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NMH drops football

The Northfield Mount Hermon School football alumni got shocking news Thursday when the school announced it was dropping the football program beginning in the fall of 2014.

The school sent a letter out to former NMH football players explaining the decision, which, according to the letter, came after months of analysis and discussion among members of the NMH Board of Trustees, Athletic Director Tom Pratt, football coaches and Head of School Peter Fayroian. Pratt said on Thursday evening that the decision was not an easy one but the school wanted to do what it felt was best for its students.

“Of course this was not an easy decision,” he began. “We’ve got a long history of football at NMH. It wasn’t without a lot of careful thought and consideration and appreciation for all the alumni that have played football here.”

According to the letter sent out to alumni, the athletic department has seen an increase in athletes, specifically boys, specializing in one sport, and football has taken a hit. The letter lists basketball, soccer, hockey, lacrosse and wrestling as the sports more popular than football at the school.

“We don’t have as many crossover football kids as we used to have,” he explained. “By that I mean kids who play both hockey and football, or football and basketball. We found that the crossover athlete has banished from that landscape, and football has taken the brunt of it.”

Pratt said that the team has struggled in recent years and, according to the Hoggers’ record on Maxpreps.com, the numbers back it up. NMH is coming off an 0-8 campaign, and the team has not had a winning record in over a decade. In the past 10 years the Hoggers have gone 14-60-1 overall.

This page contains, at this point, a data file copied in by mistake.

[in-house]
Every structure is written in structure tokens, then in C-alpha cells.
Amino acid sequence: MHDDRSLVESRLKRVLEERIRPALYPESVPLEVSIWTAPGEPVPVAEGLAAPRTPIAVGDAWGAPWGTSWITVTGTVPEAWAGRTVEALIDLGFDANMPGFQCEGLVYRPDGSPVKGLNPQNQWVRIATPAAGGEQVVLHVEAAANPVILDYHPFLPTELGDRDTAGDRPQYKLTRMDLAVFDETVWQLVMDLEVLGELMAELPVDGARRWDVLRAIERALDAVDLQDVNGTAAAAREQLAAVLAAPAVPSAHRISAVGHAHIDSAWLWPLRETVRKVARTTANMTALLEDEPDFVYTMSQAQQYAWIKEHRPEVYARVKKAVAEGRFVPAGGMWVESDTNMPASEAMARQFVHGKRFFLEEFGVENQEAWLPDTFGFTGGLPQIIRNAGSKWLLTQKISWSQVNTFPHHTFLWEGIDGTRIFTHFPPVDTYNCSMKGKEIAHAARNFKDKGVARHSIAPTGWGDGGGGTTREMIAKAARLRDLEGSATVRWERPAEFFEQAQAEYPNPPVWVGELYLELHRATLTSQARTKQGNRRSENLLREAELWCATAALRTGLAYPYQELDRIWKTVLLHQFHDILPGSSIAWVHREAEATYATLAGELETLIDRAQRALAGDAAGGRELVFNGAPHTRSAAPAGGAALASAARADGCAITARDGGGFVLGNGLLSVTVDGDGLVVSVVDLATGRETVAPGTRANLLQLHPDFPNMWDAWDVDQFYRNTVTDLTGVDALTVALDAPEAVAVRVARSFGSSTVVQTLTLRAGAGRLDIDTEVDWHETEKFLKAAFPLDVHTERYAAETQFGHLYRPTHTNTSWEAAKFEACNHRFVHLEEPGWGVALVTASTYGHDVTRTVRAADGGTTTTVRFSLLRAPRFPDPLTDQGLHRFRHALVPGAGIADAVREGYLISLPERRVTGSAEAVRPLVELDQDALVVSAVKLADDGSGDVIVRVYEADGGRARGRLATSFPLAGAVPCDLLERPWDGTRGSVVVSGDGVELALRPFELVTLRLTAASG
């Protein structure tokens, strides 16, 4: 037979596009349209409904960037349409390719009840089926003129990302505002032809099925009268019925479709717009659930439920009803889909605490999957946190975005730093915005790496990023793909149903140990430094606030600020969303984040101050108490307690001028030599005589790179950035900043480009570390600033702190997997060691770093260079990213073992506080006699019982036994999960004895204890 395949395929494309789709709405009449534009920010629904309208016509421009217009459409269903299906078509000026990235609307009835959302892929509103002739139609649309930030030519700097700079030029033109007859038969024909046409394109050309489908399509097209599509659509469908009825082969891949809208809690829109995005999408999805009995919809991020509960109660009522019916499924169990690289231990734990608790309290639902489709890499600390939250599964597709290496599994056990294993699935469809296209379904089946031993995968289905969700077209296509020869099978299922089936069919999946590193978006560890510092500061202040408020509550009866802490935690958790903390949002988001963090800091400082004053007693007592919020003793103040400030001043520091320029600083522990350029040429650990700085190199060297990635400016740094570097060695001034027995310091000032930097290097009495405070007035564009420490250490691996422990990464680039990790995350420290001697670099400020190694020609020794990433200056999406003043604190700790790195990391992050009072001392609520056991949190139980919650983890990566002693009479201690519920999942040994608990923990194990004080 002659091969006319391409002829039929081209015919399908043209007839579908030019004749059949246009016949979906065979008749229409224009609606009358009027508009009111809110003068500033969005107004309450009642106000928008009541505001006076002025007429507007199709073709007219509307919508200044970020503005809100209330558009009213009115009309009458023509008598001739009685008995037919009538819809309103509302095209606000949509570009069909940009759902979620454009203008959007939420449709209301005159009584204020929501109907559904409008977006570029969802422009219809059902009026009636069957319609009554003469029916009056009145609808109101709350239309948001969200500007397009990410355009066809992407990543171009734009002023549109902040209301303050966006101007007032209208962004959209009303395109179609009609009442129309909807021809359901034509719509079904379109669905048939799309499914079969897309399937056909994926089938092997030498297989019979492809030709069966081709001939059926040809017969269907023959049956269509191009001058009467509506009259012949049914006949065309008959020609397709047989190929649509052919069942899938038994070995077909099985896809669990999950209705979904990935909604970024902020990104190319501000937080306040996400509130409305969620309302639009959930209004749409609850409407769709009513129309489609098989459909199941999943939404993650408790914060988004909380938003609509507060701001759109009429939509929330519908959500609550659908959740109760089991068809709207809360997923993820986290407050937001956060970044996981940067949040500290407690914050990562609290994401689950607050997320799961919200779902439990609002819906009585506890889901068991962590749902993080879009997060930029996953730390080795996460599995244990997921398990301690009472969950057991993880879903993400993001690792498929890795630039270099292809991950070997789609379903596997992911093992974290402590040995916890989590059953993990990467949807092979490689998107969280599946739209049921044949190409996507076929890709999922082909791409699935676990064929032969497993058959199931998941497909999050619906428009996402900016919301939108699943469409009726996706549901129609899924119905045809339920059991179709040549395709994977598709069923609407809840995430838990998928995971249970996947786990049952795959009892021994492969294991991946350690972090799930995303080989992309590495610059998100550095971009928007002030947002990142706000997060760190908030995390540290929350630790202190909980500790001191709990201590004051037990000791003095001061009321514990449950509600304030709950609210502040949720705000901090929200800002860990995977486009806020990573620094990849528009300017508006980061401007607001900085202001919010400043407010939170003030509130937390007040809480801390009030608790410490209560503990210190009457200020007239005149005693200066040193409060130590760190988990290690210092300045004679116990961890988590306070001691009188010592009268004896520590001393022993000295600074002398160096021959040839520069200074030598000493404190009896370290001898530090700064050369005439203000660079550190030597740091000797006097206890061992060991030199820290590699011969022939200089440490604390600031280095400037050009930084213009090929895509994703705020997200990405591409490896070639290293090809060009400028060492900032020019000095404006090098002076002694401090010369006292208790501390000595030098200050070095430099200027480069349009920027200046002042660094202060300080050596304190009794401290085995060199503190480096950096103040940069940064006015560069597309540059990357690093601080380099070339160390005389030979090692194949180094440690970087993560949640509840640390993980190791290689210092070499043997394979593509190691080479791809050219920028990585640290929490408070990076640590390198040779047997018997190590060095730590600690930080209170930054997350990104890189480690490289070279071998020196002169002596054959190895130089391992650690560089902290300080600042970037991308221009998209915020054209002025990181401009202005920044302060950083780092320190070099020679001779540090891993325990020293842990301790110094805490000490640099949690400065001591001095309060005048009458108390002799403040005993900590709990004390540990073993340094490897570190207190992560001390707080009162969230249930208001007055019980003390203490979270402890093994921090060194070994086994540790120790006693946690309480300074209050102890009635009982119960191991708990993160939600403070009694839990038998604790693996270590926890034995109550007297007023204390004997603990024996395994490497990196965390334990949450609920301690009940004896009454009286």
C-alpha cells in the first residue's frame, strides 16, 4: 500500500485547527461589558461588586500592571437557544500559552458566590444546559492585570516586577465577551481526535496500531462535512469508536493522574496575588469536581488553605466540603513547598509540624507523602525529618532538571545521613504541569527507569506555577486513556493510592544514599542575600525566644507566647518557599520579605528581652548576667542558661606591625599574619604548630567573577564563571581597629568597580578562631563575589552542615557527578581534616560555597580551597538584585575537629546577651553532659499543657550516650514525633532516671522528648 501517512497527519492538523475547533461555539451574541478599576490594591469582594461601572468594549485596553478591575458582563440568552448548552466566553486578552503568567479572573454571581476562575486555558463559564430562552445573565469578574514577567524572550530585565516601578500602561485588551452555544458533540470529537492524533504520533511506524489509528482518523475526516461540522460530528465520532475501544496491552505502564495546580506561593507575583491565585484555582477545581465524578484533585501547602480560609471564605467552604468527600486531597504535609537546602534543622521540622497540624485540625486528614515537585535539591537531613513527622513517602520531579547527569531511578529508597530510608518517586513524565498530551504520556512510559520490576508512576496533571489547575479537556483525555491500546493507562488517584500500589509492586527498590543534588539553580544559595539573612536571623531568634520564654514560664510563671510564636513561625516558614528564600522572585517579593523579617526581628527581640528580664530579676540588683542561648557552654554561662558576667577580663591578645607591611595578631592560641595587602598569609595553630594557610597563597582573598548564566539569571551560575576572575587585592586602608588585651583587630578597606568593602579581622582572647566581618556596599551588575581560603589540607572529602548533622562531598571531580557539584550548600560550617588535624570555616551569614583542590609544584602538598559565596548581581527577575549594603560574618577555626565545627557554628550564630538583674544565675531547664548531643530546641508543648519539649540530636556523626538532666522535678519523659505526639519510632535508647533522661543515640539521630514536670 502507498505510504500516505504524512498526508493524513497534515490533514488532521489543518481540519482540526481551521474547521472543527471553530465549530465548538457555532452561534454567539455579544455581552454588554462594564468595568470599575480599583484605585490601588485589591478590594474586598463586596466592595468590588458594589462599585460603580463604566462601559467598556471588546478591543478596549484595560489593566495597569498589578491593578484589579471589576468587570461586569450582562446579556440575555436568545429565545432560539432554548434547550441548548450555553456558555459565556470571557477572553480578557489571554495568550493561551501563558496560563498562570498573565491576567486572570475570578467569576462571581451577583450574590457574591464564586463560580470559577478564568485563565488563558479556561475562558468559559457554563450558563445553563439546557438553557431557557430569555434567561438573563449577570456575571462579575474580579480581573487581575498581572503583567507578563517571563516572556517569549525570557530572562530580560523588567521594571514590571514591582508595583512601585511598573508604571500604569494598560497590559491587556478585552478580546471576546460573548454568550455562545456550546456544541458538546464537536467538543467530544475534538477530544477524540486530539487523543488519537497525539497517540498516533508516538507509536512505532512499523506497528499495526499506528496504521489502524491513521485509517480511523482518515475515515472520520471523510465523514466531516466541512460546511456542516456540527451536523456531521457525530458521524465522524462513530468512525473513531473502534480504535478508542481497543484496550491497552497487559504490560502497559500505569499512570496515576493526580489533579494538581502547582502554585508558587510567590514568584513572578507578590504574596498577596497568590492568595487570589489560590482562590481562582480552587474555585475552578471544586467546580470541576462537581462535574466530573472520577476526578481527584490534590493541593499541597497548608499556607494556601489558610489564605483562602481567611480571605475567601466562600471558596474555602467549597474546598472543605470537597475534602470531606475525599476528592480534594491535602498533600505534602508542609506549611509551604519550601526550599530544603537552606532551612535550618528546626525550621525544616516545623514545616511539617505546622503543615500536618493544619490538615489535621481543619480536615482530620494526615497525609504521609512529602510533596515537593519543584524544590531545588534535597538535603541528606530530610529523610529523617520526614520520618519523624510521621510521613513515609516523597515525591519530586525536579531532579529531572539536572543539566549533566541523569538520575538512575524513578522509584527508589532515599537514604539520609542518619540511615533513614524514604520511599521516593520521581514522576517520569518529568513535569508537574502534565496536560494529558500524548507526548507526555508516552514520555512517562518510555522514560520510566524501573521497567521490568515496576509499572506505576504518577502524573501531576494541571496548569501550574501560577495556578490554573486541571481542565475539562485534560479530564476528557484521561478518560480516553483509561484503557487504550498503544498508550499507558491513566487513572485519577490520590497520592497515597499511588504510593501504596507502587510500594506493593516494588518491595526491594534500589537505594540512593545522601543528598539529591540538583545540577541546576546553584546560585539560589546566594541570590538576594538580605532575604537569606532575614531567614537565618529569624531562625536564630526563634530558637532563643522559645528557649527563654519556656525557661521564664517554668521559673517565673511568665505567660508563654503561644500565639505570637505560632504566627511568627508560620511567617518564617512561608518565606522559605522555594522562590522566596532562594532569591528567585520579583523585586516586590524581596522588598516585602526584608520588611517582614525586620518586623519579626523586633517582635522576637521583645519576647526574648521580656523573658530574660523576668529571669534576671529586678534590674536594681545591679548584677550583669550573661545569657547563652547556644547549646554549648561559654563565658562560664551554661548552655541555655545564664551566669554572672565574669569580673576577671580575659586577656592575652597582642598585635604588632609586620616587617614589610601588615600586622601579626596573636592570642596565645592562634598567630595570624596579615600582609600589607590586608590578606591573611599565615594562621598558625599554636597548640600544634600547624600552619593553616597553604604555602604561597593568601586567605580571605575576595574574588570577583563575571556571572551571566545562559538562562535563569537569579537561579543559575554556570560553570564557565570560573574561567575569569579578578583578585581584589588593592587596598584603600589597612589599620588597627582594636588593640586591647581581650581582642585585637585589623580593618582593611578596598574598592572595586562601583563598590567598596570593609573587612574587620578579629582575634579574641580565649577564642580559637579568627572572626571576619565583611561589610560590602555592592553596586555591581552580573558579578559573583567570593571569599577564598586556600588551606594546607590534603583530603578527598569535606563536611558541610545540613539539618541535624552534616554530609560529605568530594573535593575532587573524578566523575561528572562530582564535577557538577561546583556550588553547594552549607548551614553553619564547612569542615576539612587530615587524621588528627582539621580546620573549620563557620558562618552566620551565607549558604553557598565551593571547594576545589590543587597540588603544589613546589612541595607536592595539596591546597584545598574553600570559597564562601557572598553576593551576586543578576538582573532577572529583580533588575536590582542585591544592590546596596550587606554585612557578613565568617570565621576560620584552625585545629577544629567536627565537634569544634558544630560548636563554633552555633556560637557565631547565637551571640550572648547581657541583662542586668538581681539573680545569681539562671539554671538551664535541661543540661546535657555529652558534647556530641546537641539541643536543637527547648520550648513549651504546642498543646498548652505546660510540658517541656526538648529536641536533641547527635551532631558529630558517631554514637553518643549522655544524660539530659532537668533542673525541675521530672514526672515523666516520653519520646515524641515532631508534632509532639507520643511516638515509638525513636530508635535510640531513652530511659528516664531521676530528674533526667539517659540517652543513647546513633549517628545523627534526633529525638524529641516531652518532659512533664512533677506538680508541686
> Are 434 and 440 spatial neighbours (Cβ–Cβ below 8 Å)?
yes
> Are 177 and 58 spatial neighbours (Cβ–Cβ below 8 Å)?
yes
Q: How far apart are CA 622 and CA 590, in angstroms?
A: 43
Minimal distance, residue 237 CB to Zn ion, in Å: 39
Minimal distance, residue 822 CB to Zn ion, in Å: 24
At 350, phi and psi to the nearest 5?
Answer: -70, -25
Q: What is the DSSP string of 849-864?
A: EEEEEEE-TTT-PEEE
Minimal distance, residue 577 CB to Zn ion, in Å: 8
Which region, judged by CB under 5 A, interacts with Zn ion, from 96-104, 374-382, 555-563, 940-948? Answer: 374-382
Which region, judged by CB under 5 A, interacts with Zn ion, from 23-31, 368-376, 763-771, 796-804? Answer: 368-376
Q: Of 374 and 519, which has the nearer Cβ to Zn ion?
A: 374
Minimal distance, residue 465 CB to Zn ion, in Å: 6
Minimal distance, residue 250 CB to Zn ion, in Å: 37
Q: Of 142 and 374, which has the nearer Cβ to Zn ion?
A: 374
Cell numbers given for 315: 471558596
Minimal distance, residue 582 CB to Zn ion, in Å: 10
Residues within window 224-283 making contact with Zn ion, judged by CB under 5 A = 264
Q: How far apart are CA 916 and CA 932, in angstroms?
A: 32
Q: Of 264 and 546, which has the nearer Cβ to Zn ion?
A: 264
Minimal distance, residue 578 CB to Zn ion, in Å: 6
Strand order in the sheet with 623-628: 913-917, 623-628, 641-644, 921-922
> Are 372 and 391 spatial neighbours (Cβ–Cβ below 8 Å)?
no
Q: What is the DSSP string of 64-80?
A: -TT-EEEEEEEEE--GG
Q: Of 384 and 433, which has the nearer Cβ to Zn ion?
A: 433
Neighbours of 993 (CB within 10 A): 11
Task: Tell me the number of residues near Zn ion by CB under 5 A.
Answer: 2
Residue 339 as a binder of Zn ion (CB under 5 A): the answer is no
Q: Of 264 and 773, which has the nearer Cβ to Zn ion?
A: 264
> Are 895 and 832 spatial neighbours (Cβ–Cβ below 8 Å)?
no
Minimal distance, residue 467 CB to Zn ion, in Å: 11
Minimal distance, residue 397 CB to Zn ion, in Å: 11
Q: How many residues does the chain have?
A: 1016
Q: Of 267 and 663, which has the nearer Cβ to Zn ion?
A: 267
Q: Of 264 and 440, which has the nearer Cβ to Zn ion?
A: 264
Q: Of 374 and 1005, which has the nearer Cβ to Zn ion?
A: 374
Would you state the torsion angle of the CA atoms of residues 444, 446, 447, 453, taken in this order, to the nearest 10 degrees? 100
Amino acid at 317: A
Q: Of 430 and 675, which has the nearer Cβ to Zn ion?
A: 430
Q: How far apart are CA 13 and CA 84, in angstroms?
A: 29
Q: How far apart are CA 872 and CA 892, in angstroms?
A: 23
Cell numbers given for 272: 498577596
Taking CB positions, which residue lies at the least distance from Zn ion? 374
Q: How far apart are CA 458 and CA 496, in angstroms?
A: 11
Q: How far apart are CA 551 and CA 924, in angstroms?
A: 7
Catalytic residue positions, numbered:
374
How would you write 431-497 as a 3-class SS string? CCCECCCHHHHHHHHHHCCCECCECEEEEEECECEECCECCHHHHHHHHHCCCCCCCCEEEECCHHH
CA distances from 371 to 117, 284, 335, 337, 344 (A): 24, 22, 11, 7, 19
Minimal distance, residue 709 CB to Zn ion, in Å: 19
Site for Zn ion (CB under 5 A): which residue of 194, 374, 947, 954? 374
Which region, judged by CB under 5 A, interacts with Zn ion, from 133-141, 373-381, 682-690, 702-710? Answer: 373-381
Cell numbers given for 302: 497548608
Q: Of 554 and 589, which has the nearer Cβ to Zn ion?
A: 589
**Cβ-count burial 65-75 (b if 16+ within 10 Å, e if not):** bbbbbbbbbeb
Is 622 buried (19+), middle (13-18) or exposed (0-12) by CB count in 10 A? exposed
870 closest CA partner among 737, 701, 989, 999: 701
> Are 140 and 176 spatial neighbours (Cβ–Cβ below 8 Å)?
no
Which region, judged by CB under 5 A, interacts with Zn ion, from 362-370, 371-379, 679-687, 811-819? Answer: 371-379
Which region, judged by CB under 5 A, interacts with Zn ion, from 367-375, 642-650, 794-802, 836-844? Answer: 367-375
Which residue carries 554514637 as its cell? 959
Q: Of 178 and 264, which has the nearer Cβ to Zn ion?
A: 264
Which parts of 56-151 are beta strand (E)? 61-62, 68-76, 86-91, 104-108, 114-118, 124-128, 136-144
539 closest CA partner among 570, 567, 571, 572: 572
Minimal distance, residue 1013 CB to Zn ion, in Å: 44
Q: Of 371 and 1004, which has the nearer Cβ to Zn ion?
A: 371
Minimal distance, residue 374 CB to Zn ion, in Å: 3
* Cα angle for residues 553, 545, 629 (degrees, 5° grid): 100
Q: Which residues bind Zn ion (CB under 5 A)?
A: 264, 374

“We haven’t been comfortable with fielding a competitive team for a while now,” Pratt said. “We run a wide and deep athletic program and felt it would take a disproportionate amount of resources to field a football team.”

The letter to alumni concluded by offering its commitment to the more than 60 other athletic teams — spanning 20 sports — and Pratt said those programs have nothing to worry about.

“This was not a financial decision,” he explained. “Ultimately, what we are interested in is for our student-athletes to have a great experience, where they can run the gamut of having success in whatever season they are in, and we felt like our football players haven’t had that opportunity.”

NMH began its football program in 1933 and has more than 1,700 living football alumni. The sport will not be forgotten at the school, as plans for a permanent display on campus to honor the role the sport played at the institution are already in the works. Although no football alumni were reached for comment, Pratt said there has been a show of support.

“The news is just getting out and, as you would expect, we’ve had many, many notes of support, and others that want more clarity and want to know more about it,” he said. “Certainly at this point there is no overwhelming sense that people are upset, but certainly there are people who want more information and are concerned.”

The decision also eliminates that annual contest between the two Franklin County prep football teams — NMH and Deerfield Academy. Jim Smith, who coached at Deerfield from 1960 until 1995 and can remember the days when the NMH/Deerfield game was the final game of the season and a big deal in the county, said he, like many others, was shocked by the news.

“When I was at Deerfield Academy, it was a very fine rivalry,” he said. “The program was really healthy then and it was a shame to hear the news today.

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